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Sunday, August 28, 2005



COLLEGE SOCCER


art
COURTESY OF BYU
BYU defensive center midfielder Charlene Lui has not had any serious injuries in her soccer career.



After long career,
Lui belongs at BYU

Charlene Lui knew from the time she was a freshman at Punahou that her college days would be spent in Provo, Utah, attending Brigham Young.

As a member of the Church of Jesus Christ of Latter-day Saints, Lui did not consider any other university. Even if she had not been recruited by coach Jennifer Rockwood, Lui was going to BYU.

But early in her high school career, the four-year starting midfielder for the Cougars wondered whether she was capable and talented enough to play NCAA Division I soccer.

"I had gone to Olympic Development Camp and played so badly. It was at altitude and I was out of shape. I thought, 'Oh my gosh, am I cut out to play D-I'," said Lui. "I was 5-2 and wasn't growing any more. Also, I don't play on Sundays and was losing a lot of experience not playing on Sunday."

Lui tried softball for a year at Punahou and said she was horrible. She ran track as a junior and that was OK, but soccer was her sport.

The change in attitude began after she joined the Honolulu Bulls Soccer Club soon after Phil Neddo became director of coaching.

"He was scrambling for players. I was lucky. Most players only have Coach Phil for two years, but I had him for four," said Lui. "He was very lenient about my not playing on Sunday. He told me I could play D-I."

She was on three state championship teams with the Bulls and a first-team Interscholastic League of Honolulu All-Star as a member of Punahou's league title teams in 2001 and '02 under coach Jorge Barbosa.

Lui joined the nationally ranked Cougars in 2002 and expected to be a marking back.

During the Blue & White game before the season, coach Rockwood stuck her at center mid. "She liked me there and that is where I've been ever since," said Lui. "I still didn't have as much confidence as I should have. I'm too much of a worry bug, so I told myself to just go out and play."

Lui has done that by starting 64 of 67 matches for the Cougars. From her defensive center midfield position, she has taken 47 shots, scored four goals and assisted on two. She was second-team All-Mountain West Conference as a freshman.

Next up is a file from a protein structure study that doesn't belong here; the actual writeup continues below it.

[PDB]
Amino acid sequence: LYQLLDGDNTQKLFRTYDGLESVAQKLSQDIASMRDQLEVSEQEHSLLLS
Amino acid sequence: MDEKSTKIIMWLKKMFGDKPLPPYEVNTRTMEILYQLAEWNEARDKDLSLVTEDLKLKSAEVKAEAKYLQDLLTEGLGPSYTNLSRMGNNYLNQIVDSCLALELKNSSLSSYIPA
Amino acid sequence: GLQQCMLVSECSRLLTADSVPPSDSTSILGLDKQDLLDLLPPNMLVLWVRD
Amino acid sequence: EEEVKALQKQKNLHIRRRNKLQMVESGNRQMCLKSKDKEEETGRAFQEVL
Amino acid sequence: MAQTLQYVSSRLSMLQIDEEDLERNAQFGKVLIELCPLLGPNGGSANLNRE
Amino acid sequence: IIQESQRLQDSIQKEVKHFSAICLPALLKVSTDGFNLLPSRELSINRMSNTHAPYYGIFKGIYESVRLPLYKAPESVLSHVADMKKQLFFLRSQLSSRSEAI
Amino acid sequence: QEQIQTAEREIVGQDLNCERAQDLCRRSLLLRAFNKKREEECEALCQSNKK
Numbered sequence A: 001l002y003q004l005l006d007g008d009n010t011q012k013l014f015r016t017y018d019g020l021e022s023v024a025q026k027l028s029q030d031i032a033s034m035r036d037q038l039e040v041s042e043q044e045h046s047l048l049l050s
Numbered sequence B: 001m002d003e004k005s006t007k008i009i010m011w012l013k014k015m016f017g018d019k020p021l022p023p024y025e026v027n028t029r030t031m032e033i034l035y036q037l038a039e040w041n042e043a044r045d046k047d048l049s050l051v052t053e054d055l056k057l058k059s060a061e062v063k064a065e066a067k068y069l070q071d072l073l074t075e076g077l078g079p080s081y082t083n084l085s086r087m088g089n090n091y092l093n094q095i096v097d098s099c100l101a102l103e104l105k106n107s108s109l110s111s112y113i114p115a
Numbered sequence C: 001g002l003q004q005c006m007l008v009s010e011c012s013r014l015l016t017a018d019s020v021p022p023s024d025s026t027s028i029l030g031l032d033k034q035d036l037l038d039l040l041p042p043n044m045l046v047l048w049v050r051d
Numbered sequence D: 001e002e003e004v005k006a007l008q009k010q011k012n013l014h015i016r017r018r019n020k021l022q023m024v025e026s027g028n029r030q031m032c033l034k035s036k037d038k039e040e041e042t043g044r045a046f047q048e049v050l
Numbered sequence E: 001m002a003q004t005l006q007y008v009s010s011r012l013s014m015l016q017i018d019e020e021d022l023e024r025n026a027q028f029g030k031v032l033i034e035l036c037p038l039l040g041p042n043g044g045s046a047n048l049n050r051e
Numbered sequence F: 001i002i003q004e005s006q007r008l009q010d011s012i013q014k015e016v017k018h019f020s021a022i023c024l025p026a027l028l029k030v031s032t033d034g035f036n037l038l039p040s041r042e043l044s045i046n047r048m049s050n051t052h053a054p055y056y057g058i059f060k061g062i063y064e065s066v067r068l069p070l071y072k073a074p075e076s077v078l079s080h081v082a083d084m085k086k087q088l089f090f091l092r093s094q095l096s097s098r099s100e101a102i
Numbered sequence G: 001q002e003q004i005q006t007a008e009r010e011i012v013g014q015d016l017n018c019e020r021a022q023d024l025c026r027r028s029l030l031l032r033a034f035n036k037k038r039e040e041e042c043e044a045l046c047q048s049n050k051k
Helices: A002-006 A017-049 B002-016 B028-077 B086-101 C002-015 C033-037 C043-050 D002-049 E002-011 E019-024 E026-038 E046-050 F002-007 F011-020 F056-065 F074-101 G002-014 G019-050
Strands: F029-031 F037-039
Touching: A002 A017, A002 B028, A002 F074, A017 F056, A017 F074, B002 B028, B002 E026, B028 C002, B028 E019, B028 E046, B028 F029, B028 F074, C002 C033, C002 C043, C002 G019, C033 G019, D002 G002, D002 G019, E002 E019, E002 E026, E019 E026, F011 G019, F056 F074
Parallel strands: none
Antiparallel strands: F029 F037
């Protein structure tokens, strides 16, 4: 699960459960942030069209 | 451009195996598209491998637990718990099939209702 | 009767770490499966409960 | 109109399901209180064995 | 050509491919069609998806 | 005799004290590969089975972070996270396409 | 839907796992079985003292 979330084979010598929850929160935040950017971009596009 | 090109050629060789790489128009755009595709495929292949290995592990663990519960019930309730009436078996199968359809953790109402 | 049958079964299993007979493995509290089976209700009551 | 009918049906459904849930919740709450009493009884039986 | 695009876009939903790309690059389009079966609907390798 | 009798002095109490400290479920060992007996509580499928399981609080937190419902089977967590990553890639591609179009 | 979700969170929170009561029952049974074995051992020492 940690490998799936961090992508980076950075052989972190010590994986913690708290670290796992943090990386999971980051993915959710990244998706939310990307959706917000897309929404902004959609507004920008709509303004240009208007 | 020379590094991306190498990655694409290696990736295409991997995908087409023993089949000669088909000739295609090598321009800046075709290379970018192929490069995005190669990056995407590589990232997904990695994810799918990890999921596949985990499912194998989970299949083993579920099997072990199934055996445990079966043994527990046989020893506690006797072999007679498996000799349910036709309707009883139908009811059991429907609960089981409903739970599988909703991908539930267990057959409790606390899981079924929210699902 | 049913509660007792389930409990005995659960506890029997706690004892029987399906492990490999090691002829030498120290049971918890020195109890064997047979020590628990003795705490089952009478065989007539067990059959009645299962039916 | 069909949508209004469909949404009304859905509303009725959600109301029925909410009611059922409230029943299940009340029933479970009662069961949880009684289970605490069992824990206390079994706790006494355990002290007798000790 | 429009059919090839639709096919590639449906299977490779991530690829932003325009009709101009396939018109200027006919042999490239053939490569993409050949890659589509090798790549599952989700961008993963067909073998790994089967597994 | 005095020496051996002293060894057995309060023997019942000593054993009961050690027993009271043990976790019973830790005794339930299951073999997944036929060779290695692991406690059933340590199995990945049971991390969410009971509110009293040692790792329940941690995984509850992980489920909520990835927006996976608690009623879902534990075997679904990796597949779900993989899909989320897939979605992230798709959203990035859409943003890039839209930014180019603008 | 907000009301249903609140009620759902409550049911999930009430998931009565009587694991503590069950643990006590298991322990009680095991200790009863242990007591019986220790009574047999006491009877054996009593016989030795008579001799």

Lui also has been a MWC All-Academic selection each year.

A tri-captain last season, she found the responsibility to be a burden as the Cougars suffered through their first losing season (7-10-4) in the history of the program.

"I didn't know what to do about it. I'm an upperclassman and we have the worst season ever. We carried 30 players and 10 didn't make trips. They were left without any hope," said Lui. "Losing made it more unhappy. I wish I could have made more of a difference."

Rockwood hopes Lui, senior goalkeeper Ashley Smith and junior goalkeeper Natalie Evans have a tremendous influence on the young Cougar team.

In the women's soccer outlook on the BYU Web site, Rockwood said, "These three young ladies are all extremely well-rounded individuals, three of our hardest workers and three of our best role models. The impact they can have on our young players is going to be fun to watch."

Instead of naming captains, Rockwood put all the upperclassmen in charge.

"I think it is a good idea because it gives everyone responsibility," said Lui.

Lui hopes to have more scoring opportunities as the Cougars switched to a flat-back system during the spring. That allows one of the two defensive center midfielders to get involved in the attack when the opportunity arises.

She will go on a mission for a year and a half after the fall semester, then have another year and a half remaining to complete her undergraduate degree in business.

"You think high school goes fast, college just blows by you," she said. "I wish I could change places with the little Bulls players and relive that again.

"I still struggle with time management even though there are less things to get done than in high school. I thought I would have more time in the offseason, but you lift, practice and make three or four trips.

"I tweaked my left knee my freshman year in one of the best practices I had in preseason and wore a brace for a while, but I've been blessed to not have any serious injuries."

Cougars reach No Ka Oi final

Brigham Young secured a spot in the championship match of the OHANA Hotels & Resorts No Ka Oi women's soccer tournament with a win at the Waipio Peninsula Soccer Park Stadium last night.

The Cougars blanked the George Mason Patriots 4-0 and will play the Hawaii Rainbow Wahine (1-0) tomorrow at 5 p.m. for the title. The Cougars grabbed a quick lead at 6:12. Natalie Nate unloaded on a loose ball 35 yards from the goal and drove it just under the crossbar for the first score of the match. Carolyn Swenson gave BYU a 2-0 lead at 15:49 when she broke past the defense and beat George Mason goalkeeper Olivia Brown with a low shot inside the right post.

BYU exercised almost complete control of the second half with six and sometimes eight players on the attack. But, the Cougars did not dent the net until the 78:55 mark when Brooke Thurlin scored on a 33-yard blast off a set play. Jessica Harmon, a freshman defender, upped the score to 4-0 minutes later off assists from Amberlea Anderson and Annie Zwahlen.



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